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Alidoust v. Hancock County

United States District Court, S.D. Mississippi, Southern Division

August 2, 2017




         BEFORE THE COURT are the [15] Motion for Judgment on Pleadings as to State Law Claims filed by Sheriff Ricky Adam, the [17] Motion for Judgment on Pleadings filed by Deputy Carl Contranchis, Deputy John Compton, Investigator Steve Saucier, Chief Deputy Don Bass, Jailer Ronald Thompson, and Warden Brandon Zeringue, and the [19, 21] Motions for Judgment on the Pleadings as to Federal Claims filed by these Defendants.[1] Plaintiff Safa Alidoust has not responded to the Motions and the time for doing so has expired.[2]

         The Court has considered the Motions and the applicable law and finds that the Motions should be granted. The Court will dismiss with prejudice all state law claims against the Moving Defendants, as well as the individual capacity claims under Title VI, the ADA, and the Rehabilitation Act against those Defendants. The Court will dismiss without prejudice the remaining individual capacity claims against the Moving Defendants and will allow Plaintiff Alidoust an opportunity to file an Amended Complaint to attempt to cure the pleading deficiencies with respect to those claims. The Court will also order Alidoust to show cause why certain other claims should not be dismissed or to otherwise address those claims via the Amended Complaint. Any Amended Complaint and/or show cause response must be filed by August 23, 2017.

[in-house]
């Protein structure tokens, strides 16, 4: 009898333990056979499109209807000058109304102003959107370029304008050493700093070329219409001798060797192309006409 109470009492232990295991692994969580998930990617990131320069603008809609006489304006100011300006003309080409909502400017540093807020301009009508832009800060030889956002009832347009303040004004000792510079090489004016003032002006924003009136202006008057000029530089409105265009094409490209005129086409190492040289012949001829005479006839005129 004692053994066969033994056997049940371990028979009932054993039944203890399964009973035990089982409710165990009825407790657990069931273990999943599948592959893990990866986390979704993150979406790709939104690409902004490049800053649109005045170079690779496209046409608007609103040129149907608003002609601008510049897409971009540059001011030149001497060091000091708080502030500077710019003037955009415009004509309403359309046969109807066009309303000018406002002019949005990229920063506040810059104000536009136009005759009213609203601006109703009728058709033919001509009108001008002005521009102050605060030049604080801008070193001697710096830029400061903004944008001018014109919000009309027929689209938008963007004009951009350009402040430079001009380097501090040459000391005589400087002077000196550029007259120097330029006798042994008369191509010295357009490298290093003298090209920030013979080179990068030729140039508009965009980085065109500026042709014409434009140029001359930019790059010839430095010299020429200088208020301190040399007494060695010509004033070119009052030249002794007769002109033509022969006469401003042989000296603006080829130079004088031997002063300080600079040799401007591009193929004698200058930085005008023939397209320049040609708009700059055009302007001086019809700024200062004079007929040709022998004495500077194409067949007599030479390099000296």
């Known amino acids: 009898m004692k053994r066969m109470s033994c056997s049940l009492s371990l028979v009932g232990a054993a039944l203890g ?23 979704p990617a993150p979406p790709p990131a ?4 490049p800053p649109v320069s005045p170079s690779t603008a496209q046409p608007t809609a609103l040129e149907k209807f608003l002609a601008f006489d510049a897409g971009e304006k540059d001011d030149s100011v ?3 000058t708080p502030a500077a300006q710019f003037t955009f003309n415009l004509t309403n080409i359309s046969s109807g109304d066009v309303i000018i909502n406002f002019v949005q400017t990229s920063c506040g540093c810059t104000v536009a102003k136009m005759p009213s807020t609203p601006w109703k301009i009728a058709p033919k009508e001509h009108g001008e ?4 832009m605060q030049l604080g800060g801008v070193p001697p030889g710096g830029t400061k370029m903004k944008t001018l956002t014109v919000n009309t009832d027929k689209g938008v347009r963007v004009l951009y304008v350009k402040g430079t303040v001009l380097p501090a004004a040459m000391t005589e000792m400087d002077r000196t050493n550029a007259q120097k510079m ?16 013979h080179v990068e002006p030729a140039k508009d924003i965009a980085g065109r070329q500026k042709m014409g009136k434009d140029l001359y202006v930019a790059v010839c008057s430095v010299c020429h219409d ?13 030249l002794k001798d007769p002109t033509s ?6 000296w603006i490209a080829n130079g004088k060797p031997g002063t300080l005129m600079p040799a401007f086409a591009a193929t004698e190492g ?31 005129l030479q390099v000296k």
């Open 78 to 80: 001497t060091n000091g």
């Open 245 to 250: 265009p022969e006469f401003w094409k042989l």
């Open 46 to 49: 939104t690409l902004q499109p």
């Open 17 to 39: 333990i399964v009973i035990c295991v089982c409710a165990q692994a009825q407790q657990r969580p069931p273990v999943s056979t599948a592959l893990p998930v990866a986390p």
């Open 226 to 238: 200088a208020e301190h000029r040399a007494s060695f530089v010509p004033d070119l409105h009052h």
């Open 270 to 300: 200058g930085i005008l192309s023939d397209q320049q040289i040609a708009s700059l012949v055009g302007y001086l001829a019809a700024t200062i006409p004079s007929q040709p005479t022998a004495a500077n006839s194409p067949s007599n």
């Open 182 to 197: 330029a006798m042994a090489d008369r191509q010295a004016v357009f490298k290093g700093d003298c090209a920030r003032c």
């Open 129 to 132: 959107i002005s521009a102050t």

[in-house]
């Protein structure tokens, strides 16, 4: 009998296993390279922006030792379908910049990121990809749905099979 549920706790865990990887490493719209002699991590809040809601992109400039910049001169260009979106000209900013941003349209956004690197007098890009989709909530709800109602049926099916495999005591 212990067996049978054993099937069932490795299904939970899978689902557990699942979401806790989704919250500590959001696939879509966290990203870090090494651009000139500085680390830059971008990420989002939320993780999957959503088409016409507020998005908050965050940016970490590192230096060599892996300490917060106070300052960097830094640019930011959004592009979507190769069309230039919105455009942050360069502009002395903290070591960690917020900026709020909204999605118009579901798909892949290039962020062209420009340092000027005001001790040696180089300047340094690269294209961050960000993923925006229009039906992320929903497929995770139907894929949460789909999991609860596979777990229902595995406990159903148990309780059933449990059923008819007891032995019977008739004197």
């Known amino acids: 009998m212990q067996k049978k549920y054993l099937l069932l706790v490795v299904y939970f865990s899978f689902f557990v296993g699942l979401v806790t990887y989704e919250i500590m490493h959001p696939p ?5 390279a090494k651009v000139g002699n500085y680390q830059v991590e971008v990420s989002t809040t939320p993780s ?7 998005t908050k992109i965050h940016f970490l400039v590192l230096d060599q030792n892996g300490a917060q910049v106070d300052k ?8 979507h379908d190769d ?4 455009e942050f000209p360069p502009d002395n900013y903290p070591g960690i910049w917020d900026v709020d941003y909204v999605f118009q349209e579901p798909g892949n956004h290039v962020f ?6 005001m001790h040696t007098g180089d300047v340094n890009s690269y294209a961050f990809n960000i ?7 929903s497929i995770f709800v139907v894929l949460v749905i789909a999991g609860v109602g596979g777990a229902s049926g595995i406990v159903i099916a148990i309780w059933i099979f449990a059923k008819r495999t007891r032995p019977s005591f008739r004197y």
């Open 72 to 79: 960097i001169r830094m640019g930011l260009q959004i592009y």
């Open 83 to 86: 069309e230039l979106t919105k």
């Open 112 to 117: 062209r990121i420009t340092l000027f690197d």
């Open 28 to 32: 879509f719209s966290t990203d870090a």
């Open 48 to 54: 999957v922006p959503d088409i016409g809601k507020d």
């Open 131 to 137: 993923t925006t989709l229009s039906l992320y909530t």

On February 14, 2017, Plaintiff Alidoust filed a “Complaint for Violation of Civil Rights” against numerous parties, including the Moving Defendants. Alidoust alleges that he was illegally detained without bond and denied appropriate and necessary medical care while detained. (See Compl. 8 (¶¶ 23-24), ECF No. 1). He further states that “[t]he officers involved falsely reported the charges and allegations against the Plaintiff as well as falsely reported statements allegedly made by the Plaintiff which resulted in a longer detention as well as permanently and irreversibly defaming the Plaintiff's character and reputation.” (Id. (¶25)). Alidoust states that he was arrested on August 30, 2015 and held for 68 days until November 5, 2015. (See, e.g., id. at 9 (¶¶ 27, 29)).

         Alidoust has made multiple claims against the Moving Defendants, all of whom are employees of one or more Mississippi governmental entities, pursuant to both Mississippi state law and federal law. Alidoust's Complaint is less than clear, but Defendants have identified the following state law claims against them in the Complaint: (1) false imprisonment, (2) denial of equal protection, (3) denial of due process, (4) cruel and unusual punishment, (5) inadequate medical care, (6) failure to train, (7) failure to supervise, (8) failure to hire, (9) intentional infliction of emotional distress, (10) negligent infliction of emotional distress, (11) negligence, (12) gross negligence, (13) reckless disregard, (14) civil conspiracy, (15) slander, (16) defamation, and (17) libel. They have also identified the following federal claims: (1) discrimination based on national origin, race, and religion under Title VI of the Civil Rights Act (Title VI), (2) discrimination based on disability under the Americans with Disabilities Act (ADA) and Section 504 of the Rehabilitation Act, (3) various constitutional claims pursuant to 42 U.S.C. § 1983, and (4) a conspiracy claim pursuant to 42 U.S.C. § 1985.[3]